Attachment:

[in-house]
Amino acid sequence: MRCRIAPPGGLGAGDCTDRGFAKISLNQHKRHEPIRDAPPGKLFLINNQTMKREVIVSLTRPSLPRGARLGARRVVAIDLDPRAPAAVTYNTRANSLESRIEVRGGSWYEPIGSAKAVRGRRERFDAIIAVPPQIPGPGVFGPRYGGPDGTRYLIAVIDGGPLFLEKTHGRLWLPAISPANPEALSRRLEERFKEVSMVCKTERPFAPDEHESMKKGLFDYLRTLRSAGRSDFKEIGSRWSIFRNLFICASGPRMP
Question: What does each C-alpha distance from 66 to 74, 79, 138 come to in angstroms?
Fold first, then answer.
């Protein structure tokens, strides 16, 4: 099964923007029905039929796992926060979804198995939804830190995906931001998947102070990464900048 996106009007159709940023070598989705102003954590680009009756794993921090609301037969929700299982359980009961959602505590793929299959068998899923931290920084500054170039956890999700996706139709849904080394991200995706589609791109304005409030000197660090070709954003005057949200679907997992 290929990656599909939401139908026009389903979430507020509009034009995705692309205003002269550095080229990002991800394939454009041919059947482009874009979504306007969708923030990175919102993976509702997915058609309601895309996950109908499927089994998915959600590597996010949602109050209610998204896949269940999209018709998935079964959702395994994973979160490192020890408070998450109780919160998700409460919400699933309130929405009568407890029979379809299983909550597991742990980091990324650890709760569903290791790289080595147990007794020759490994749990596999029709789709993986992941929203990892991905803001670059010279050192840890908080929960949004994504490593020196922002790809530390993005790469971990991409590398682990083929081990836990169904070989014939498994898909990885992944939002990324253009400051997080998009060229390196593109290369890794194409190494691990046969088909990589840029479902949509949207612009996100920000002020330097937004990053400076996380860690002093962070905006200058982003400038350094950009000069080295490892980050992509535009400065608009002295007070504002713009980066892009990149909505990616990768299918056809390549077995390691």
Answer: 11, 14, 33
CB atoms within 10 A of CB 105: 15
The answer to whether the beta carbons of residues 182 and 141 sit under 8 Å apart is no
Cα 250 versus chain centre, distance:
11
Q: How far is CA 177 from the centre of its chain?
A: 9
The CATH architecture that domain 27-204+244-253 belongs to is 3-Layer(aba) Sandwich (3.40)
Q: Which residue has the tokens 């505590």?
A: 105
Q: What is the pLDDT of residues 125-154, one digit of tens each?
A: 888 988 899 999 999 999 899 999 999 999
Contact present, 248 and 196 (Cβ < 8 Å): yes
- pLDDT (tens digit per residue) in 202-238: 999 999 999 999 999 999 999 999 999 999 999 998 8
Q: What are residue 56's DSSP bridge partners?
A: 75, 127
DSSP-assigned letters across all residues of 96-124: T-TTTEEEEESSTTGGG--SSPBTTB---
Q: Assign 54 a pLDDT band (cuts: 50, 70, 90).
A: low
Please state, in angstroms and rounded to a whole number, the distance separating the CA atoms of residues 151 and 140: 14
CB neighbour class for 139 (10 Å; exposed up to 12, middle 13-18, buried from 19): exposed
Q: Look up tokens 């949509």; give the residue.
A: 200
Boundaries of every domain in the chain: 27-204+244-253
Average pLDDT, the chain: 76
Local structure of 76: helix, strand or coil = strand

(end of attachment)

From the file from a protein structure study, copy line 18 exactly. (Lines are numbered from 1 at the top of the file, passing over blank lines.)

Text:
Contact present, 248 and 196 (Cβ < 8 Å): yes